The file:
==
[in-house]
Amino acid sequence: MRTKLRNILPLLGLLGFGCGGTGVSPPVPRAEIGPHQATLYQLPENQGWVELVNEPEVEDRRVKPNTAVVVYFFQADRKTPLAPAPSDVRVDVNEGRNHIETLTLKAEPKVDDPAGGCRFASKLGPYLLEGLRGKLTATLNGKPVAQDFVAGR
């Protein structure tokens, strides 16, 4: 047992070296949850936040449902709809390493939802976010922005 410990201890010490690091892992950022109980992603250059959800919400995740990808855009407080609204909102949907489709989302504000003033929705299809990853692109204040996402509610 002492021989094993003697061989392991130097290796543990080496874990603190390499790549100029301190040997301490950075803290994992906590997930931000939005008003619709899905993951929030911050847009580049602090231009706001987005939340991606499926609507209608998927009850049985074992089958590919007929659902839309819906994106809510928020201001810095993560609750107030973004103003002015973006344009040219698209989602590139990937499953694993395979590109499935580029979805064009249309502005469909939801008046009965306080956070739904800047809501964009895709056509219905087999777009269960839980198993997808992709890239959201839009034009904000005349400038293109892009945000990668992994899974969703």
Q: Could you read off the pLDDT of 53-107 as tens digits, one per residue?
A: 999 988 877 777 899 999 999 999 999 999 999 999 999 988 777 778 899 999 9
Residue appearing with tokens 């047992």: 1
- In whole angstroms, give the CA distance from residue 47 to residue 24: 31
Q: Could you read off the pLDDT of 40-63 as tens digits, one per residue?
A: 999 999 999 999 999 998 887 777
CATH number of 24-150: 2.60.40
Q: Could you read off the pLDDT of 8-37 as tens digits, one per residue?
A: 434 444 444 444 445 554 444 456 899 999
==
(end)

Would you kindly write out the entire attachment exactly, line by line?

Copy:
[in-house]
Amino acid sequence: MRTKLRNILPLLGLLGFGCGGTGVSPPVPRAEIGPHQATLYQLPENQGWVELVNEPEVEDRRVKPNTAVVVYFFQADRKTPLAPAPSDVRVDVNEGRNHIETLTLKAEPKVDDPAGGCRFASKLGPYLLEGLRGKLTATLNGKPVAQDFVAGR
């Protein structure tokens, strides 16, 4: 047992070296949850936040449902709809390493939802976010922005 410990201890010490690091892992950022109980992603250059959800919400995740990808855009407080609204909102949907489709989302504000003033929705299809990853692109204040996402509610 002492021989094993003697061989392991130097290796543990080496874990603190390499790549100029301190040997301490950075803290994992906590997930931000939005008003619709899905993951929030911050847009580049602090231009706001987005939340991606499926609507209608998927009850049985074992089958590919007929659902839309819906994106809510928020201001810095993560609750107030973004103003002015973006344009040219698209989602590139990937499953694993395979590109499935580029979805064009249309502005469909939801008046009965306080956070739904800047809501964009895709056509219905087999777009269960839980198993997808992709890239959201839009034009904000005349400038293109892009945000990668992994899974969703």
Q: Could you read off the pLDDT of 53-107 as tens digits, one per residue?
A: 999 988 877 777 899 999 999 999 999 999 999 999 999 988 777 778 899 999 9
Residue appearing with tokens 């047992």: 1
- In whole angstroms, give the CA distance from residue 47 to residue 24: 31
Q: Could you read off the pLDDT of 40-63 as tens digits, one per residue?
A: 999 999 999 999 999 998 887 777
CATH number of 24-150: 2.60.40
Q: Could you read off the pLDDT of 8-37 as tens digits, one per residue?
A: 434 444 444 444 445 554 444 456 899 999